Name: Chris Harris Jr.
Height: 5'10" Weight: 199 lbs
Age: 27 Experience: 6th
College: University of Kansas
Despite an absurdly low ranking of #63 on the NFL’s Top 100 Players of 2017, the Broncos’ Chris Harris Jr. is beginning to get the respect his elite play has more than earned. The 27-year old cornerback was recognized with his first selection to the 1st team on the Associated Press’s All Pro list in 2016. Along with that, Harris’s excellence while partnering with fellow cornerback Aqib Talib during the postseason run that ended with a Broncos victory in Super Bowl 50 brought him some well deserved recognition. Most recently, he got the nod as Pro Football Focus’s top rated cornerback of 2016 and appeared in PFF’s Top 50 list.
The No Fly Zone makes yet another appearance in the #PFF50 as @ChrisHarrisJr checks in at number 14 pic.twitter.com/QzN3imcTQp— Pro Football Focus (@PFF) June 7, 2017
Harris is easily one of the biggest success stories to come out of the ranks of undrafted rookie free agents in recent years. As a 2011 rookie out of the University of Kansas, he won a roster spot and quickly settled into a role as the Broncos’ slot corner. It didn’t take him long to earn a starting job, though, and Harris has started 80 games since the beginning of the 2012 season.
There’s so much that could be written here. Chris Harris is one of the very best at what he does. If any one stat can put a cornerback’s excellence into perspective, it might be this: Harris strung together 36 consecutive games without allowing a touchdown. That’s more than two seasons’ worth of games in which no one could get by him. In an increasingly pass-happy league, a true shutdown cornerback like that is worth their weight in gold. It took Ben Roethlisberger passing to Antonio Brown, arguably the most potent offensive combination in the NFL, to finally crack the streak.
Not that that has slowed Harris down any. He heads up the No Fly Zone along with Talib, and together the Broncos’ CB duo spent the entire 2016 season giving quarterbacks an exceptionally hard time. In fact, the pair only allowed a combined 750 yards to be gained by throws into their coverage in 2016. You can’t ask for much better than that.
No Fly Zone. pic.twitter.com/EGQ166FFRZ— Pro Football Focus (@PFF) June 9, 2017
Can I get back to you? The Broncos’ 2015 version of the No Fly Zone racked up an impressive -28.0% DVOA versus the pass, but the 2016 crew (which was essentially the same, aside from the backup safeties) improved that to -32.9%. Chris Harris Jr. is essential to that outcome, and he’s clearly in his prime. It’s hard to find bad for a guy when he can’t get much better.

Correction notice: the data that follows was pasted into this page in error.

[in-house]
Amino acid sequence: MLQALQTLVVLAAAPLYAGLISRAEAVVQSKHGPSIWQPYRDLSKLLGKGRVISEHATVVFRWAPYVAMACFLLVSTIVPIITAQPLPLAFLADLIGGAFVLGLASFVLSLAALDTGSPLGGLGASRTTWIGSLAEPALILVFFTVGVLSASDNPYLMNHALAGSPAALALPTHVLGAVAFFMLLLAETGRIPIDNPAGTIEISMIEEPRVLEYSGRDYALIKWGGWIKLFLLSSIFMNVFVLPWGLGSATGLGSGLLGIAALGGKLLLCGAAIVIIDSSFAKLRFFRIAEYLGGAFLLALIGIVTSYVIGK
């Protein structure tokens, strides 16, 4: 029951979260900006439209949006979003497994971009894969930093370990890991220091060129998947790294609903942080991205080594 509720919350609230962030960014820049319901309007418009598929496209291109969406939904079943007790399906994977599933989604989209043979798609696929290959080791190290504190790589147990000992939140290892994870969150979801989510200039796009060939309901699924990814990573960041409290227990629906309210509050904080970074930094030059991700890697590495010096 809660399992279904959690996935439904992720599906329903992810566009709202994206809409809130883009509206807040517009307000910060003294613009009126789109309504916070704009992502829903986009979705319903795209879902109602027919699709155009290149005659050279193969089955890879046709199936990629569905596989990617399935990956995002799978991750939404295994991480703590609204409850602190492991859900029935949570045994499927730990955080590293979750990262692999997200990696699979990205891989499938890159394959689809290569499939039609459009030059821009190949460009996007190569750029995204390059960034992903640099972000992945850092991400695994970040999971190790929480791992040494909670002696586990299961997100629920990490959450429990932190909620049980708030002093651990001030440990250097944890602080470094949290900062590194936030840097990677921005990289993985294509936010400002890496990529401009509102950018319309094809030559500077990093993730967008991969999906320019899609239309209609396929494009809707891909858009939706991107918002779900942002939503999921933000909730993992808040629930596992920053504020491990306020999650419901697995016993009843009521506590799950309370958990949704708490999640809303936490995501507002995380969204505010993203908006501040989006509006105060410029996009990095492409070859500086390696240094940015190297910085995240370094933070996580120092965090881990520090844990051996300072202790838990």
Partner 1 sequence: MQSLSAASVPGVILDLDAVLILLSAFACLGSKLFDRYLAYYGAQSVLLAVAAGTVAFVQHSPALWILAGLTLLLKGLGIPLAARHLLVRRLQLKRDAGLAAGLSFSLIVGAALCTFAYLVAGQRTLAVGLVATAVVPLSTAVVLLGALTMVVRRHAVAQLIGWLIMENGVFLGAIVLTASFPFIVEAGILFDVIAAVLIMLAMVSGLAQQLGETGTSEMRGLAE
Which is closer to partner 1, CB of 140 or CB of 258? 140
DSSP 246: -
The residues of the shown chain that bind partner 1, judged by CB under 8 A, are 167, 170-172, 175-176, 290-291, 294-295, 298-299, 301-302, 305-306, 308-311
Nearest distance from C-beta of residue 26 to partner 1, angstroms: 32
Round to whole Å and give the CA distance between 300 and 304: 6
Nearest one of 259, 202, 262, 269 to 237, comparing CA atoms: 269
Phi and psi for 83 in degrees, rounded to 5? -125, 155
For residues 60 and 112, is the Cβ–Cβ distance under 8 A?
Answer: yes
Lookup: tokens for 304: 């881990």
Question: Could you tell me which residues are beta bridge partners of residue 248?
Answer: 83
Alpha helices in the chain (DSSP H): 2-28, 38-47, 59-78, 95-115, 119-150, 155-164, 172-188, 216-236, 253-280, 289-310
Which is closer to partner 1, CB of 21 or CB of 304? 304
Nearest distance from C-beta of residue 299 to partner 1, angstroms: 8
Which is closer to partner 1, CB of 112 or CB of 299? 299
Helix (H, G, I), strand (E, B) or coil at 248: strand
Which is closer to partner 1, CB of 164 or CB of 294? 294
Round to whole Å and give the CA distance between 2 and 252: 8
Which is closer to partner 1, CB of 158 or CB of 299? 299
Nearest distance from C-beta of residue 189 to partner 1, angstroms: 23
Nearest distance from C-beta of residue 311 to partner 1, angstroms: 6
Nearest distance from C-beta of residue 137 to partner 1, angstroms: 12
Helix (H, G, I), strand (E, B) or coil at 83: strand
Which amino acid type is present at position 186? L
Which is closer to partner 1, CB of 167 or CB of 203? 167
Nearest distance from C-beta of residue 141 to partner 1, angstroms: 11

Harris mixed amusement and understandable frustration when asked about his #63 ranking in the NFL’s Top 100 Players of 2017 list. But Broncos fans may have a hard time being too upset about Harris having more bulletin-board material.
“It’s just motivation. It just adds more fuel to the fire. I might be the first First-Team All-Pro that didn’t make it in the Top 50. But I need something like that. Getting all of these accolades and awards—I guess it’s good to have at least one thing to keep me motivated. It’s a joke though (laughing).”
Harris is excited for the season, and looks forward to providing more of the same stifling defense that he and his No Fly Zone brethren have become famous for.
“We’re still going to bring the heat. We’re still going to play man [coverage]. We have little wrinkles that we can try to confuse the quarterbacks with to make them think. But, at the end of the day, we have our bread and butter.”
Chris Harris Jr. is penned in as one of the Broncos’ starting cornerbacks in 2017. His roster status isn’t even in question. In fact, the only guy in a Broncos jersey whose roster spot is arguably safer than Harris’s is Von Miller.
Harris will be starting across from Aqib Talib for the fourth straight season, and they’ll be joined by Bradley Roby for the third straight season whenever defensive coordinator Joe Woods dials up a nickel package. That’s an excellent and highly unusual degree of continuity in the NFL, and if all three players can avoid injuries it should mean that the 2017 Broncos secondary will remain one of the best units the NFL has ever seen.
So enjoy Chris Harris Jr. and his fellows this season, Broncos Country. All-time Great units like the No Fly Zone don’t happen very often, and they never last forever. Let’s not take them, or him, for granted.
Does Chris Harris Jr. get enough recognition for his skills outside of Broncos Country?
This poll is closed
Yes, he gets everything he deserves.
Close, but he deserves even more.
No, he deserves more recognition.